Read: 5 Ways to Improve Employee Engagement with L&D

4. The effect of learning analytics on employee retention

Most workers, 94% according to LinkedIn, are more likely to remain at a company if they invest in their L&D. Learning analytics helps produce learning support, personalization, and more. Showing employees they are valued and have a path to career progression if they choose to stay at the company.

This helps you hold onto and develop your best talent and build lasting, successful working relationships. Hiring is difficult and expensive. Gallup estimates the cost of replacing a single employee is 1.5 to 2x their annual salary. Avoiding employee turnover can make a significant impact on your bottom line.

5. Deploying L&D resources based on analytics

Learning analytics is perhaps an organization’s most powerful tool for understanding where to deploy its limited educational resources. In a perfect world, training budgets would be unlimited, as would the amount of time we could give learners to engage with it. But more and more, the time and budget available are shrinking.

Learning analytics helps pinpoint the most effective learning strategies, saving organizations time and money while delivering outstanding results.

6. How learning analytics can fix skills gaps

Many training programs aim to develop employee skill sets and fix skills gaps present in the workforce. With the introduction of new technologies and many roles becoming obsolete, organizations have to pivot to new ways of working, training their employees along the way.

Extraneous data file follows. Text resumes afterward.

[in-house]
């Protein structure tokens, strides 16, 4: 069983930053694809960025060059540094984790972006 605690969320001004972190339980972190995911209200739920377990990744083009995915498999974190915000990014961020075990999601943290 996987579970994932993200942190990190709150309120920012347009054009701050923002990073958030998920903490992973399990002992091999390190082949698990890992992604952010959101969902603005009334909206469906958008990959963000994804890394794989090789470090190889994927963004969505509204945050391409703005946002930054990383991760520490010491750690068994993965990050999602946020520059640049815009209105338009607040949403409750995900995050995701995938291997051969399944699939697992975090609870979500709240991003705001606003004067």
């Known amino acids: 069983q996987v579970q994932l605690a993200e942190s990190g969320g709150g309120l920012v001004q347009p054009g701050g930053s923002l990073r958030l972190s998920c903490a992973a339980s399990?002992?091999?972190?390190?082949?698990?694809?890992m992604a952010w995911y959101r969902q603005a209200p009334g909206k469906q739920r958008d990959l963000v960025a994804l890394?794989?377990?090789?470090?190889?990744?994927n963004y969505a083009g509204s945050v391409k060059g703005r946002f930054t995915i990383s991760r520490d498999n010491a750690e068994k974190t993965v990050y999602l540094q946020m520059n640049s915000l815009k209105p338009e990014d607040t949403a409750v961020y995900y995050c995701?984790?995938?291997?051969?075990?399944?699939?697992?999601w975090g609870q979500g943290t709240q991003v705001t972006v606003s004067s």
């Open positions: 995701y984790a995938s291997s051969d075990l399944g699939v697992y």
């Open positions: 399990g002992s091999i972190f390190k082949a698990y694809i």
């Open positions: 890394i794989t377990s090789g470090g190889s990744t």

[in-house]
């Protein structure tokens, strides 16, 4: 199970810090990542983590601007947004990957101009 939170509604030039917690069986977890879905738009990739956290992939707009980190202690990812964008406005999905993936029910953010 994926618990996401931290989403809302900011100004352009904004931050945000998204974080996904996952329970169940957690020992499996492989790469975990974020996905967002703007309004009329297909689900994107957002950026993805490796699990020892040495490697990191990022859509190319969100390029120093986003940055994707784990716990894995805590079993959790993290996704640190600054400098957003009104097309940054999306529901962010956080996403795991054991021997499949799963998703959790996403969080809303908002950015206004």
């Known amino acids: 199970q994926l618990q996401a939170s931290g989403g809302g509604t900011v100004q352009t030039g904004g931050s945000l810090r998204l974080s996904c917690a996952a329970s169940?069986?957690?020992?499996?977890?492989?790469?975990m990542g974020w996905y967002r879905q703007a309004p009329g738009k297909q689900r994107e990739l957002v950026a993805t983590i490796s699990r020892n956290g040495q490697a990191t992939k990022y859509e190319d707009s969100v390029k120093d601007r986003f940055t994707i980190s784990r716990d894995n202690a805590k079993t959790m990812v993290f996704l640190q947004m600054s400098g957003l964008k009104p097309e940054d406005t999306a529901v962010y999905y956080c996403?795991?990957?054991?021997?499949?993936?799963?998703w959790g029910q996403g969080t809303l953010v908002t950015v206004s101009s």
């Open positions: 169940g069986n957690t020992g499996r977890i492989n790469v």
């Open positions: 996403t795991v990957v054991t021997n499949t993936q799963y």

However, building successful upskilling and reskilling programs is challenging. Research by McKinsey shows as little as one in three capability-building programs always or often achieve the desired results.

The image represents the results of capability-building research by McKinsey

Successfully incorporating learning analytics into your training processes can help you get on the right side of that statistic. The advanced use of data means you can build a system to identify and correct skill gaps. Organizations can analyze the skill matrix for each employee in order to develop specific training programs or source new content to cover any gaps present.

What are learning analytics methods?

Within learning analytics, there are four main methods of analyzing the data collected from learners. Below are brief introductions to each method and links to more in-depth guides.

1. Descriptive analytics

Descriptive analytics is a statistical method used to search and summarize historical data in order to identify patterns or trends.

Data generated by interactions with the learning environment can be used to understand how they have previously behaved. This behavior can help inform how an organization’s current learning system is performing. However, descriptive analytics does not provide insights into a user’s future behavior.

2. Diagnostic analytics

If descriptive analytics tells you what happened in the past, diagnostic analytics tells you why it happened. It employs processes such as data mining, data discovery, drill down, and drill through, to highlight the causes of behaviors and events.

Diagnostic analytics is useful for identifying anomalies and helping organizations pinpoint areas that require further inquiry. It also uncovers causal relationships, showing how events might have resulted in the identified anomalies.